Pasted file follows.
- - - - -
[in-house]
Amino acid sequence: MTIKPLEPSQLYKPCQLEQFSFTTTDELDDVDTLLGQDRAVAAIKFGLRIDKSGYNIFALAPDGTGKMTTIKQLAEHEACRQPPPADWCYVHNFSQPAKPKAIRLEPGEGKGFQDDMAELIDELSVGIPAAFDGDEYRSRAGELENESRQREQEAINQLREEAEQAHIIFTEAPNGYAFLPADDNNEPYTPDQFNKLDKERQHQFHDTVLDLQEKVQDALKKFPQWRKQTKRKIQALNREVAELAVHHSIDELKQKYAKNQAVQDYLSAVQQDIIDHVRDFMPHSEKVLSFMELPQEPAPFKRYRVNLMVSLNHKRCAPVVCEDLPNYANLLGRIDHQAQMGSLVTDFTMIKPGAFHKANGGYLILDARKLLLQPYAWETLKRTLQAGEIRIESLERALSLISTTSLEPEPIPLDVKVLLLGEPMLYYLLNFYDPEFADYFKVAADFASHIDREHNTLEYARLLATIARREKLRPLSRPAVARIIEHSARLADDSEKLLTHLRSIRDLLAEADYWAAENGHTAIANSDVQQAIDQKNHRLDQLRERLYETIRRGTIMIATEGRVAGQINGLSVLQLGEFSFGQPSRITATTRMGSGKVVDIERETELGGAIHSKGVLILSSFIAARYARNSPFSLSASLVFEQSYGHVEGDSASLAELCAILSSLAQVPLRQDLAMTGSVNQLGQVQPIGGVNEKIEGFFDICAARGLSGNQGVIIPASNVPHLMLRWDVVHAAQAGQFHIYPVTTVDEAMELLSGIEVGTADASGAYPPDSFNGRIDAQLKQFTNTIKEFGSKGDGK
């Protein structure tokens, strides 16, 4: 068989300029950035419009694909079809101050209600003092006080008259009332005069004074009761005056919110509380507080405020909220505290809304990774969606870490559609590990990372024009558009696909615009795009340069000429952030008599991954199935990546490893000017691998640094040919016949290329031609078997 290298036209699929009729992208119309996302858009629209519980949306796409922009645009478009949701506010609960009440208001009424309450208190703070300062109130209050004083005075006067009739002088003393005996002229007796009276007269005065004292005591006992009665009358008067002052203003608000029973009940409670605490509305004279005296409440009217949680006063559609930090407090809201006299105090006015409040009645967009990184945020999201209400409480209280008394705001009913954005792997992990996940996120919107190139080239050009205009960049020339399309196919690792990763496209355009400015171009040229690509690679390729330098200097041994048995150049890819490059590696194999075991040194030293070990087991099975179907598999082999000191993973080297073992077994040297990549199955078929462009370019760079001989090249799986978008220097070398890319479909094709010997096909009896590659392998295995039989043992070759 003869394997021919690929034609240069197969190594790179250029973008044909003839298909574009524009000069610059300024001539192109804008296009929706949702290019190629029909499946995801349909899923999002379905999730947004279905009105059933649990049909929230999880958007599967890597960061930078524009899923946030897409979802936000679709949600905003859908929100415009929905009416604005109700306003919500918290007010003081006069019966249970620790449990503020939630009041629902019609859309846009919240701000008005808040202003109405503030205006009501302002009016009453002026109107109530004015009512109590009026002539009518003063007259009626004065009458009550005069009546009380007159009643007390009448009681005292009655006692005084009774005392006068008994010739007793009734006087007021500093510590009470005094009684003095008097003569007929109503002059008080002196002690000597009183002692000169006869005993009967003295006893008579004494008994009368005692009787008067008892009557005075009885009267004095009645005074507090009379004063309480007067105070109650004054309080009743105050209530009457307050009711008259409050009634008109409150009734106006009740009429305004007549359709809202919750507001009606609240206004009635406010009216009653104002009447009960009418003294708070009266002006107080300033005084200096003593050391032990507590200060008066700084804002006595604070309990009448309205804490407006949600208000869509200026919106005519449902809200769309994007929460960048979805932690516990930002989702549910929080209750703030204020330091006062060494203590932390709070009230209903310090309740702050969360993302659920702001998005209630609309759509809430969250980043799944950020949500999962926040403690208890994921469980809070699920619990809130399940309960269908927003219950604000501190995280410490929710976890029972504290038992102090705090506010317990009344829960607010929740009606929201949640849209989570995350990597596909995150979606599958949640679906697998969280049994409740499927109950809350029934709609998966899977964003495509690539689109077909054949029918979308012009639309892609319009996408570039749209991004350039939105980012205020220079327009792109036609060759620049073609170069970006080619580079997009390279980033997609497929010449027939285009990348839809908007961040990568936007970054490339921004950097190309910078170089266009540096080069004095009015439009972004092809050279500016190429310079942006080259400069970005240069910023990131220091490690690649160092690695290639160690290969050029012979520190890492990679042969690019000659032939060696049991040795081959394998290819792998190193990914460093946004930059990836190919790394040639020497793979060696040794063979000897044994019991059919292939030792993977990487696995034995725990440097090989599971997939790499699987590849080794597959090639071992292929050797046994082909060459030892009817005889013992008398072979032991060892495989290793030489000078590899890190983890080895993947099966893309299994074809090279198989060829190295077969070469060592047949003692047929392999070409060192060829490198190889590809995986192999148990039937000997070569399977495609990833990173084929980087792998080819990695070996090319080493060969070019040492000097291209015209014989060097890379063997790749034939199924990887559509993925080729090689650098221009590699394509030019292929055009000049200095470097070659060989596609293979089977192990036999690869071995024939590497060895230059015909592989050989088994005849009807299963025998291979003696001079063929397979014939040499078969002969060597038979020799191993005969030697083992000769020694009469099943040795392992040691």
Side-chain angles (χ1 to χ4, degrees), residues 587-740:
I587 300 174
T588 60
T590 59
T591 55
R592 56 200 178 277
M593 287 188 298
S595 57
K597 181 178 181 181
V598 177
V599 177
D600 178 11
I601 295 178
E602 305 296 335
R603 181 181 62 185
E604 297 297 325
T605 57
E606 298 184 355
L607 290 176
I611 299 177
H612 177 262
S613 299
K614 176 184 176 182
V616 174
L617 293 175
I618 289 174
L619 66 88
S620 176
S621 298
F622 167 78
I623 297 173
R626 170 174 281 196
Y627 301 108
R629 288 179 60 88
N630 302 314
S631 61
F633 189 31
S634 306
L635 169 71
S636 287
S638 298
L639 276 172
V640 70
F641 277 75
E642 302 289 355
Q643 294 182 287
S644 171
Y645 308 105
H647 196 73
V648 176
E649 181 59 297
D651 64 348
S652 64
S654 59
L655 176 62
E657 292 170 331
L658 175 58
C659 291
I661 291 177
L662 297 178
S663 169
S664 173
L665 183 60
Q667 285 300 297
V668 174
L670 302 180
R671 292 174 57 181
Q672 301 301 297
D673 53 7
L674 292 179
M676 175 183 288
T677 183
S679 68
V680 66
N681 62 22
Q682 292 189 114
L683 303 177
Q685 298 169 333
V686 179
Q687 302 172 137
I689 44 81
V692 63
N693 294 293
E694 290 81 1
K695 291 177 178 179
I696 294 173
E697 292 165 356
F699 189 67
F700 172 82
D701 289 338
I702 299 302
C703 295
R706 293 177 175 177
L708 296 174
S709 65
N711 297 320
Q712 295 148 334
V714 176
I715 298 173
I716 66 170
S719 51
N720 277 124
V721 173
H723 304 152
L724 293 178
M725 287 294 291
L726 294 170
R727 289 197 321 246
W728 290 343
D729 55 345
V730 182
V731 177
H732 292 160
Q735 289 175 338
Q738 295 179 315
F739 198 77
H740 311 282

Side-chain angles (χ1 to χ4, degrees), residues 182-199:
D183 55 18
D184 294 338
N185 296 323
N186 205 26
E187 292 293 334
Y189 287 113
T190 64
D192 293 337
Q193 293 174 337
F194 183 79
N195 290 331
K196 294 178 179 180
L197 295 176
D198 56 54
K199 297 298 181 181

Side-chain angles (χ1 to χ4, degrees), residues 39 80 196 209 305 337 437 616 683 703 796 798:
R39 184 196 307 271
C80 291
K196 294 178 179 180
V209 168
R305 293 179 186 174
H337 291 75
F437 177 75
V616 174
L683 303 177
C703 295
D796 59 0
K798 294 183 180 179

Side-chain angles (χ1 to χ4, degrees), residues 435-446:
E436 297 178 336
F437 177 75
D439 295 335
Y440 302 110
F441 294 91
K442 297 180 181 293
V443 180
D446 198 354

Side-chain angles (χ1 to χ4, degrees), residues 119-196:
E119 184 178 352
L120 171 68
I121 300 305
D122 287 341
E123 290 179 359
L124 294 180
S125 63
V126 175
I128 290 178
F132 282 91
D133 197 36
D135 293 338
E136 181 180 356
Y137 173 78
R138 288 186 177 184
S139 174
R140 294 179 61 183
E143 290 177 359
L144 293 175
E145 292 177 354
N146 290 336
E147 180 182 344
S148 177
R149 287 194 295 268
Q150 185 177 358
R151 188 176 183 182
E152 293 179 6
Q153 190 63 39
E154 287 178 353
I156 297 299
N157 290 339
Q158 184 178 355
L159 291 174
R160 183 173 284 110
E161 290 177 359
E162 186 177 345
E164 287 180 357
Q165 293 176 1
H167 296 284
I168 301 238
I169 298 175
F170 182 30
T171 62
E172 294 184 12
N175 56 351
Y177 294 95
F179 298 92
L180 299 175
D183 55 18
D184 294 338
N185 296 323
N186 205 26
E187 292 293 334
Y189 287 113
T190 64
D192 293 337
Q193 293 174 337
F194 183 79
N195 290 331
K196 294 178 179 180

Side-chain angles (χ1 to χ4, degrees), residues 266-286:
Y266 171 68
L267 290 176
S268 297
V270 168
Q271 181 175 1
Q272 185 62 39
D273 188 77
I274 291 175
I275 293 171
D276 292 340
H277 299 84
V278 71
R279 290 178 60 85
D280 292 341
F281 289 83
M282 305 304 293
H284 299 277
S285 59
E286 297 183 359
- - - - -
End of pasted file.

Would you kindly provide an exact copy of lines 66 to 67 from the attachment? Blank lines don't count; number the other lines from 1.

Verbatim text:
L665 183 60
Q667 285 300 297